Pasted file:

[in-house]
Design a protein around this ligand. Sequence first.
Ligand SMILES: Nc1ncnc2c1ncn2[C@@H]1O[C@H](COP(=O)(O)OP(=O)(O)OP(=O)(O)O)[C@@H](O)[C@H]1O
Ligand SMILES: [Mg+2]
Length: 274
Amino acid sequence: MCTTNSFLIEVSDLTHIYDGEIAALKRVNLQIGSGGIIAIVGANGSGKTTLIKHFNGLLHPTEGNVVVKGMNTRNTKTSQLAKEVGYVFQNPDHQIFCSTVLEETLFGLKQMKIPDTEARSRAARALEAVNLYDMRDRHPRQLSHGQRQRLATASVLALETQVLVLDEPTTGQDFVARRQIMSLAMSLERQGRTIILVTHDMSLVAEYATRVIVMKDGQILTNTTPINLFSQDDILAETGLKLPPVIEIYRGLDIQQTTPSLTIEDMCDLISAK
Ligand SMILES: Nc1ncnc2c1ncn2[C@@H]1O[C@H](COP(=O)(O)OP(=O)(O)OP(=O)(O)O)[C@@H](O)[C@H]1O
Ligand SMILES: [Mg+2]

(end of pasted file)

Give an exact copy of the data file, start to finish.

[in-house]
Design a protein around this ligand. Sequence first.
Ligand SMILES: Nc1ncnc2c1ncn2[C@@H]1O[C@H](COP(=O)(O)OP(=O)(O)OP(=O)(O)O)[C@@H](O)[C@H]1O
Ligand SMILES: [Mg+2]
Length: 274
Amino acid sequence: MCTTNSFLIEVSDLTHIYDGEIAALKRVNLQIGSGGIIAIVGANGSGKTTLIKHFNGLLHPTEGNVVVKGMNTRNTKTSQLAKEVGYVFQNPDHQIFCSTVLEETLFGLKQMKIPDTEARSRAARALEAVNLYDMRDRHPRQLSHGQRQRLATASVLALETQVLVLDEPTTGQDFVARRQIMSLAMSLERQGRTIILVTHDMSLVAEYATRVIVMKDGQILTNTTPINLFSQDDILAETGLKLPPVIEIYRGLDIQQTTPSLTIEDMCDLISAK
Ligand SMILES: Nc1ncnc2c1ncn2[C@@H]1O[C@H](COP(=O)(O)OP(=O)(O)OP(=O)(O)O)[C@@H](O)[C@H]1O
Ligand SMILES: [Mg+2]